When my daughter was five, we began a tradition that continues to this day. She called them “The Martin Family Traveler Trips.” As a single mom who was blessed to have the same holidays and summer vacation as her daughter, we relished our times together.
Sometimes, though, we (or more accurately, I) would be struck by cabin fever and just need to get out. Money was tight, always, so big vacations were out of the question. But little day trips? Perfect.
We’d load up the Dodge Neon with snacks and drinks, and Katy would fill up the rest of the space with blankets, paper and pencil, and enough
dolls babies to staff a world summit. Then I’d start driving.
Katy would choose the direction. Not only did this reinforce the concepts of “left” and “right,” but also taught her the value of observing her surroundings, patience, and looking for just the right moment. At first, her directions would come quickly, and we’d make endless loops just around our neighborhood. But as she grew, and learned to wait, we’d head farther and farther afield, and the rewards were great.
At some point during the trip, she’d give in to her sleepiness and nap for several hours. (A reward for me, at the time. A few hours of quiet is a luxury for any parent.)
We still do these trips when our schedules allow, only now we take turns driving and snoozing in the passenger seat. But sometimes I head out on my own, music blaring. Ryan Kelly’s Live for Life is the perfect song for a road trip, as are most of the songs on Byrne & Kelly’s albums.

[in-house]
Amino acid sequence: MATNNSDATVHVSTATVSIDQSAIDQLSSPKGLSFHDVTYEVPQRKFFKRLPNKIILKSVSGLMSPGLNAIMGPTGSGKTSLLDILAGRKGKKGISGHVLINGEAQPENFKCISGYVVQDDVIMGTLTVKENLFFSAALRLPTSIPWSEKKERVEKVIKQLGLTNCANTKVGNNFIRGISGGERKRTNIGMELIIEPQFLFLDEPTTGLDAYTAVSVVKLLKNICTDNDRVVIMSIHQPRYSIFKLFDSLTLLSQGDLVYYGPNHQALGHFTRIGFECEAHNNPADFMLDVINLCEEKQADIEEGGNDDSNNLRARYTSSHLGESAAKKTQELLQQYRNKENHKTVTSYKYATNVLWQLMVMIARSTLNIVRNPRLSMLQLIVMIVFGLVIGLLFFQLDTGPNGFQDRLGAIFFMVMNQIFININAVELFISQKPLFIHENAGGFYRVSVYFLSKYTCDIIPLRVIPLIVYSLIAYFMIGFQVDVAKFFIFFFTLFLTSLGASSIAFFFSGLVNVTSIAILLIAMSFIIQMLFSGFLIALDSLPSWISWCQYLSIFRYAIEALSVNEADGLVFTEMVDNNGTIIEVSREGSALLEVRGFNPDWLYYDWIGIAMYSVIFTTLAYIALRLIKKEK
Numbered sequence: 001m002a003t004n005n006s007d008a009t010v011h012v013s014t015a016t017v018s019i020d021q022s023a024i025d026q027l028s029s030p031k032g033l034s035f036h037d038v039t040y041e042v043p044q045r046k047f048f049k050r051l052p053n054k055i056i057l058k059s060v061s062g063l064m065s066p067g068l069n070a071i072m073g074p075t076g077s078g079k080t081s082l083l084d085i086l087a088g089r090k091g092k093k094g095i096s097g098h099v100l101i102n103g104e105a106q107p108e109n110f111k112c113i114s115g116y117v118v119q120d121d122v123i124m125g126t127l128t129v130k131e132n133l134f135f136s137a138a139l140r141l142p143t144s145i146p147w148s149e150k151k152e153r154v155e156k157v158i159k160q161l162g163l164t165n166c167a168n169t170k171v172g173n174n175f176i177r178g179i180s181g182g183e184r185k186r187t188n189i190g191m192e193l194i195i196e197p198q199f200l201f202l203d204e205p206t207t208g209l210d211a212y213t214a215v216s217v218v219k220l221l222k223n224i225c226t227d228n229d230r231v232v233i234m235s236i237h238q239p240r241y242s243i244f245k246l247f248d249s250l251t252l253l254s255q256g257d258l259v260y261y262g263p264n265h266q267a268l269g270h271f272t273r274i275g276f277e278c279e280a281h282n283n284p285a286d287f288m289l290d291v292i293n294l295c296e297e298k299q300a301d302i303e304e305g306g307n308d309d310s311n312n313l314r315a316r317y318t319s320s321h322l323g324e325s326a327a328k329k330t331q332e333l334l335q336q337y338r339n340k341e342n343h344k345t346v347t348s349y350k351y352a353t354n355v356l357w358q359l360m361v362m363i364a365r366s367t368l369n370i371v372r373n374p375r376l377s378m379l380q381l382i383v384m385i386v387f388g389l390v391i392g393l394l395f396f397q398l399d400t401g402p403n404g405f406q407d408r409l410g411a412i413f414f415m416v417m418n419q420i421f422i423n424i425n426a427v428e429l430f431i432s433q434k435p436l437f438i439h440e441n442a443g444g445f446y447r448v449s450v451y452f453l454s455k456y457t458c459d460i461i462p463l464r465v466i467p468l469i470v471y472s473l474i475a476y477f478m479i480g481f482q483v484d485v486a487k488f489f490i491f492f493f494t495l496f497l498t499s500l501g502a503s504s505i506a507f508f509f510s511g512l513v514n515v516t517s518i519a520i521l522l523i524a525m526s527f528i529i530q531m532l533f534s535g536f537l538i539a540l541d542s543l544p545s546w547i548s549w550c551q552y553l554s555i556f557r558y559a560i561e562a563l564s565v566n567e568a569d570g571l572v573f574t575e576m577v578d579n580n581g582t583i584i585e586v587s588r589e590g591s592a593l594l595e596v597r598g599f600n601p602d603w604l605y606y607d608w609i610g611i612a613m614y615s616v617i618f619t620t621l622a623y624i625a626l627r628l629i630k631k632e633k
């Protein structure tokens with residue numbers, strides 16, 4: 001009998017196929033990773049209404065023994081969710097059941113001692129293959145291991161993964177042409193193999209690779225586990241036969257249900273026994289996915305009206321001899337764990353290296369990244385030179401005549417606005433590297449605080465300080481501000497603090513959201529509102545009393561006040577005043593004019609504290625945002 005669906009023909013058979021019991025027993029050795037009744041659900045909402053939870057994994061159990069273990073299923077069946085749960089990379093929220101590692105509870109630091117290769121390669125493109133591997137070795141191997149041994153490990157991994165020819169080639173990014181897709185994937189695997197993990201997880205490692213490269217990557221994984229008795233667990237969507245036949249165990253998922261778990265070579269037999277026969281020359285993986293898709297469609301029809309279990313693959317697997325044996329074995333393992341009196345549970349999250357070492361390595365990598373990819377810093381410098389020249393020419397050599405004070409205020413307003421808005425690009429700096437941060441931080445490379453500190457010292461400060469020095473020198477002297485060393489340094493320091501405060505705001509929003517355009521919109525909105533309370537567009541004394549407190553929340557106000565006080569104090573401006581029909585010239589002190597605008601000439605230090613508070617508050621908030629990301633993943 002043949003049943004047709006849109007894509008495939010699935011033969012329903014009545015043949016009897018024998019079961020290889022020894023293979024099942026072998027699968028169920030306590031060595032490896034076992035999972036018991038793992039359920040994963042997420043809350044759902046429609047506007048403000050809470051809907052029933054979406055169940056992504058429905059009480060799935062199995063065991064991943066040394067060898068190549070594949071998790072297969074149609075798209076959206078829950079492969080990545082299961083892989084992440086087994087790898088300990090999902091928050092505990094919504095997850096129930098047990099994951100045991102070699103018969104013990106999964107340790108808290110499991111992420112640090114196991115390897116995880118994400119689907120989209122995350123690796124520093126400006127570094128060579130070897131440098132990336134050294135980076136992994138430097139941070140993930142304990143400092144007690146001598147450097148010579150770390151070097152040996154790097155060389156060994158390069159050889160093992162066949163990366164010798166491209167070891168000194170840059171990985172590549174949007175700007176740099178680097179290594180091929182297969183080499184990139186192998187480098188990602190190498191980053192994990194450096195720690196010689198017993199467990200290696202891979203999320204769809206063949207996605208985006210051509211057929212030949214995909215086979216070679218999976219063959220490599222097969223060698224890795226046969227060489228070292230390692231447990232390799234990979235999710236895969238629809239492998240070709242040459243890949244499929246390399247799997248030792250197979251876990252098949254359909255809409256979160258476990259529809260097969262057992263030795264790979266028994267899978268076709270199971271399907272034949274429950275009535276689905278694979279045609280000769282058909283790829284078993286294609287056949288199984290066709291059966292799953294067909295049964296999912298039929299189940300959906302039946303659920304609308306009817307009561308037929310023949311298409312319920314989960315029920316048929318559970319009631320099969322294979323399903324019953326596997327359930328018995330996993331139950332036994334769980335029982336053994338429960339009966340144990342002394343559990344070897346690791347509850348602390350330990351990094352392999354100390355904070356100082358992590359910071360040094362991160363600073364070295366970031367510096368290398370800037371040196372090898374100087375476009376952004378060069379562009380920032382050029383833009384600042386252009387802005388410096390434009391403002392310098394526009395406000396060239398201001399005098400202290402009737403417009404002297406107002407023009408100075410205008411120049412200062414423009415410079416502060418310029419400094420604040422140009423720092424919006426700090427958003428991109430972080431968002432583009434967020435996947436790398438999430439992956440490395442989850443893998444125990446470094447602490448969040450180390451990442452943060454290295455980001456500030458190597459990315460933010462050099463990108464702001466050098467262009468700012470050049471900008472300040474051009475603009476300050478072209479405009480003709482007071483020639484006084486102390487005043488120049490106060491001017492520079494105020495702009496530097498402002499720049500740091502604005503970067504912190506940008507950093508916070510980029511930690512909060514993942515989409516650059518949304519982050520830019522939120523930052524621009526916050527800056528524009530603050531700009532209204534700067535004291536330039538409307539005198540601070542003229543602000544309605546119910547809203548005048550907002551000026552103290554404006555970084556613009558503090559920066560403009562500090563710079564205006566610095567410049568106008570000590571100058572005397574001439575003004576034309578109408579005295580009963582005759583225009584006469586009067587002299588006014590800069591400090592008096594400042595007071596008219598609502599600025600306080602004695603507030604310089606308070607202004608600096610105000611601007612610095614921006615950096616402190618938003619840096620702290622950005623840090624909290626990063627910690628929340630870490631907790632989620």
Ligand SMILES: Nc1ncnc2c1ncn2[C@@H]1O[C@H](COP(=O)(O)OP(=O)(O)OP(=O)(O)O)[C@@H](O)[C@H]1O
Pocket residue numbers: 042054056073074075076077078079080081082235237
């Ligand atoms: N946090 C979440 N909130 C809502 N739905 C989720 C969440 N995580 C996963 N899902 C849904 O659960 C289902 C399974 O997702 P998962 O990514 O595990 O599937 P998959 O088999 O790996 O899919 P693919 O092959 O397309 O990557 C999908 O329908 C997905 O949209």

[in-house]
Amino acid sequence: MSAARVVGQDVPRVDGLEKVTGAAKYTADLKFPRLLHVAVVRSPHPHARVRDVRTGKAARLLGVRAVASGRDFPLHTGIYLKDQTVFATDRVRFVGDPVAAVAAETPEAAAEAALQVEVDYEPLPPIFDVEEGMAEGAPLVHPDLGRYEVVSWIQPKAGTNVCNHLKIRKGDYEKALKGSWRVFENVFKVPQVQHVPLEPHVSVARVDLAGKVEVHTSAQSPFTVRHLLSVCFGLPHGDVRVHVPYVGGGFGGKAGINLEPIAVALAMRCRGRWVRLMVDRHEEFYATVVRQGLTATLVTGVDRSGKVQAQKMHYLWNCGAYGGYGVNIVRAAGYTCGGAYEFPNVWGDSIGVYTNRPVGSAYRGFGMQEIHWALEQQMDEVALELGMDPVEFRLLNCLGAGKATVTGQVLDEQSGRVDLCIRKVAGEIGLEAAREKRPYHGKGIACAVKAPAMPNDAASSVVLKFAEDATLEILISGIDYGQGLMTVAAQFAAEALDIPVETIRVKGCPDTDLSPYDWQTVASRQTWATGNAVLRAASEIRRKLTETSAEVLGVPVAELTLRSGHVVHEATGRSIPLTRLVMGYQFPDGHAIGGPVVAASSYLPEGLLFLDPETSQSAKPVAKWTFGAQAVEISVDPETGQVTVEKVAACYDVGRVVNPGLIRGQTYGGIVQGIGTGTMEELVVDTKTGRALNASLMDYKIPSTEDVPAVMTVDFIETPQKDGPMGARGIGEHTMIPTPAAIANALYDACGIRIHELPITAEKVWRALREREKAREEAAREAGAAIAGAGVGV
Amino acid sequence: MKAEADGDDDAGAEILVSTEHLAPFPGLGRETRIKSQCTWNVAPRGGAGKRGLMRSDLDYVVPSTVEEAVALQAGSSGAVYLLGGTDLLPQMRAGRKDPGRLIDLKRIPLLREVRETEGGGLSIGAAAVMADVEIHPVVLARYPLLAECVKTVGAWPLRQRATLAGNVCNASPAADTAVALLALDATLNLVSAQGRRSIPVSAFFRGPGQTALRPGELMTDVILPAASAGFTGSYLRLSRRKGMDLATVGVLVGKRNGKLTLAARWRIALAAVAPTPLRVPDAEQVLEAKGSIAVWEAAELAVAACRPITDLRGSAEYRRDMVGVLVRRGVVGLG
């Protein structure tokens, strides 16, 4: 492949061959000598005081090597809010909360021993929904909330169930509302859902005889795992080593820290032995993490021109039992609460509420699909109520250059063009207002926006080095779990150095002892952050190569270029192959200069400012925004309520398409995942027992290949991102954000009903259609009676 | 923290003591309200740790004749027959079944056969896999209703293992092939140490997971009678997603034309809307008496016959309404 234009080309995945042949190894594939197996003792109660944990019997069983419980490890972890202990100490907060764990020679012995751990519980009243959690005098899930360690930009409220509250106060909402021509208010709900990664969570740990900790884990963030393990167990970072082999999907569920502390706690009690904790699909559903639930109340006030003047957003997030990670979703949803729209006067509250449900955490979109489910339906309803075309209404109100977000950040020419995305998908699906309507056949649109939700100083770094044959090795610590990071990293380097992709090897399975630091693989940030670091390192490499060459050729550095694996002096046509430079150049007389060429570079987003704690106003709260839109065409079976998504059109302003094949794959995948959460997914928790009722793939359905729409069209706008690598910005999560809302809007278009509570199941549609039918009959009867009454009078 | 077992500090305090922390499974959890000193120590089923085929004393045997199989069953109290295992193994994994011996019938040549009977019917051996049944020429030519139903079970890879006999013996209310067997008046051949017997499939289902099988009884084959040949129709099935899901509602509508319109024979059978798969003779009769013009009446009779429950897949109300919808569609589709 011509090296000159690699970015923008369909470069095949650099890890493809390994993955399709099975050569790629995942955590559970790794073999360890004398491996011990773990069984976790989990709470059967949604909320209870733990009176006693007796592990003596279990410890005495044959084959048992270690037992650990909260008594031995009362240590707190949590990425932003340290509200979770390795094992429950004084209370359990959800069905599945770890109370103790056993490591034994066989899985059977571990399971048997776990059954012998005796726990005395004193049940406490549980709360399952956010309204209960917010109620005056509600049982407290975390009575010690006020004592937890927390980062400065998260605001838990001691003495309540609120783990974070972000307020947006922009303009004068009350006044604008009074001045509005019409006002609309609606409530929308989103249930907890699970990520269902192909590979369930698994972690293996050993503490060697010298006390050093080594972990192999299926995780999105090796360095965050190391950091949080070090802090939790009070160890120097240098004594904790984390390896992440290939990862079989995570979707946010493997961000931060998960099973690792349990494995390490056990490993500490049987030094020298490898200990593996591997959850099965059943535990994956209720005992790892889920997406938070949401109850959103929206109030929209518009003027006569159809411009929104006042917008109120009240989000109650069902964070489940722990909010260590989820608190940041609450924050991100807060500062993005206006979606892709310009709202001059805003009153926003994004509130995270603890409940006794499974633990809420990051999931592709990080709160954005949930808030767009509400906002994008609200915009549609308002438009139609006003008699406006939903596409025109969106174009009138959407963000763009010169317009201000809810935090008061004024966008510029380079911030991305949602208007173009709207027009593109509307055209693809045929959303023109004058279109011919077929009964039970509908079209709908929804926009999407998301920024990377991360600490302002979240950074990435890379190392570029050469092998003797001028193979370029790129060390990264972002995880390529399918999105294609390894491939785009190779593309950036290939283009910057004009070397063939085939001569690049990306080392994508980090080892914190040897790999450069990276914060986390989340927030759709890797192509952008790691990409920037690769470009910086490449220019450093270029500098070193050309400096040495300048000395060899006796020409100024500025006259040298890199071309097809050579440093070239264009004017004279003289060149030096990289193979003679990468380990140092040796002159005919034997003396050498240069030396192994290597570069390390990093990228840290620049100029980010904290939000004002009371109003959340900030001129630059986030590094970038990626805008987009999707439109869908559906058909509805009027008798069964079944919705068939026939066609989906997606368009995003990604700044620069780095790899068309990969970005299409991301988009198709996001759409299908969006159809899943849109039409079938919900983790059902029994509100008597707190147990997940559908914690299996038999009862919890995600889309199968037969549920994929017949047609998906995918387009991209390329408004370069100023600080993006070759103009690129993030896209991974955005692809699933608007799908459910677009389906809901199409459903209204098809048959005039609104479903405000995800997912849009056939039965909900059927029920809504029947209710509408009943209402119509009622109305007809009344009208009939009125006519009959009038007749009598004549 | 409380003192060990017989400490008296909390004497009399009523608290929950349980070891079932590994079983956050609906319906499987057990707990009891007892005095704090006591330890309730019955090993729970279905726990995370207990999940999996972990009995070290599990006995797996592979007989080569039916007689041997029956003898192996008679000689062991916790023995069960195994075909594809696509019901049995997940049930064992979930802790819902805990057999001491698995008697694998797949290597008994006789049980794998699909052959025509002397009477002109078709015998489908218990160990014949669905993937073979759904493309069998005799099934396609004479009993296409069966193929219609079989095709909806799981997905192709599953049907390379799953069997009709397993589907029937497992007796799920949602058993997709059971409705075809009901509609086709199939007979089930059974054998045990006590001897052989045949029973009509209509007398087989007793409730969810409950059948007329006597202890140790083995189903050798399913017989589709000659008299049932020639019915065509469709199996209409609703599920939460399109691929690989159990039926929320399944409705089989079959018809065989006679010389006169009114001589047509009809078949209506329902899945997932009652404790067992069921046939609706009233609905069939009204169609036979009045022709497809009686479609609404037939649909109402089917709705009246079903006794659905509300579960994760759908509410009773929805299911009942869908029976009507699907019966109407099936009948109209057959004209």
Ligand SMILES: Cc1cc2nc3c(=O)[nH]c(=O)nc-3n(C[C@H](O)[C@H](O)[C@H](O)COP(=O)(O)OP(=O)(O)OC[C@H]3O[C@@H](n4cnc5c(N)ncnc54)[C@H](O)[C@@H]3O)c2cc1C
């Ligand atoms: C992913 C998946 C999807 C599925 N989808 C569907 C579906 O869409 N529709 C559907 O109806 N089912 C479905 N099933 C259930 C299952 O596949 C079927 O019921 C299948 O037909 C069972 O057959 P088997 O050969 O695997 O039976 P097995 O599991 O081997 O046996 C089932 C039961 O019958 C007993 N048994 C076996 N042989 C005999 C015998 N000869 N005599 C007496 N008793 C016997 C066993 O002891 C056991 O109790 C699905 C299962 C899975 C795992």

When writer’s block hits me, or I’m struggling through some issue I may not even be able to name yet, driving with no particular destination in mind is therapeutic. The wide open roads allow for careful daydreaming, and introspection. The unfamiliar scenery prompts new scenes, or better descriptors for a current scene. The scary, tight turns of the two-lane roads through the mountain passes gives me a different place to focus all my energy, which provides respite from whatever I’m working on. Especially when the road looks like this:
What I’ve learned from our Martin Family Traveler Trips:
- Fill up your tank before you go. Whether that’s a practical thing, like with fuel (you’ve never known fear until your gauge reads “empty”, and your car is at the top of a two-lane, pitch-black road, with ten miles before the next station). Or with snacks (isn’t life much better with snacks?) Or with the gift of the Spirit that provides refreshments of a whole ‘nother sort.
- It’s the journey, not the destination. I know–a trite saying. But it’s true. The only caveat is that if you’ve got a five-year-old on the journey with you, make sure to hit the bathrooms as often as possible. (And for the love of God, don’t forget Baby Jennifer (Katy’s favorite doll) in that restroom.)
- Don’t force it. Our trips were a fairly equal measure of talkative five year old, road trip games, and quiet moments. Granted, most of the quiet moments were when Katy was sleeping, but still.
- Enjoy each other. Katy gets her sense of humor from me, but her vocabulary is entirely her own. Some of my favorite moments from the trips we took are when she’d play school with her babies, and listening to her teach the dolls their lessons. She’d tell them, “I’m going to show you the next letter, and you’ll learn it by my own gracious will.” She cracked me up–still does.
- The best moments in life aren’t planned. Discovering a fun little store, or an awe-inspiring vista, or having the gift of your child making up a song from her journey–all gems from allowing my child to choose our path.
There are so many things in life that you must choose for your child, at least at the beginning. Giving her or him this one freedom, and responsibility, is incredibly rewarding.
I’d love to hear about any trips you’ve taken, and any lessons you’ve learned. Please feel free to comment below.
Great. Writing this post has gotten that song of hers stuck in my head. Thanks, Katy. Well, to share the love, I’m going to post it below.
Flexibilly ruler, flexibilly ruler,
Riding around in a limousine.
No trespassing, ke-ep out,
Yep. Love that kid. And you’re welcome.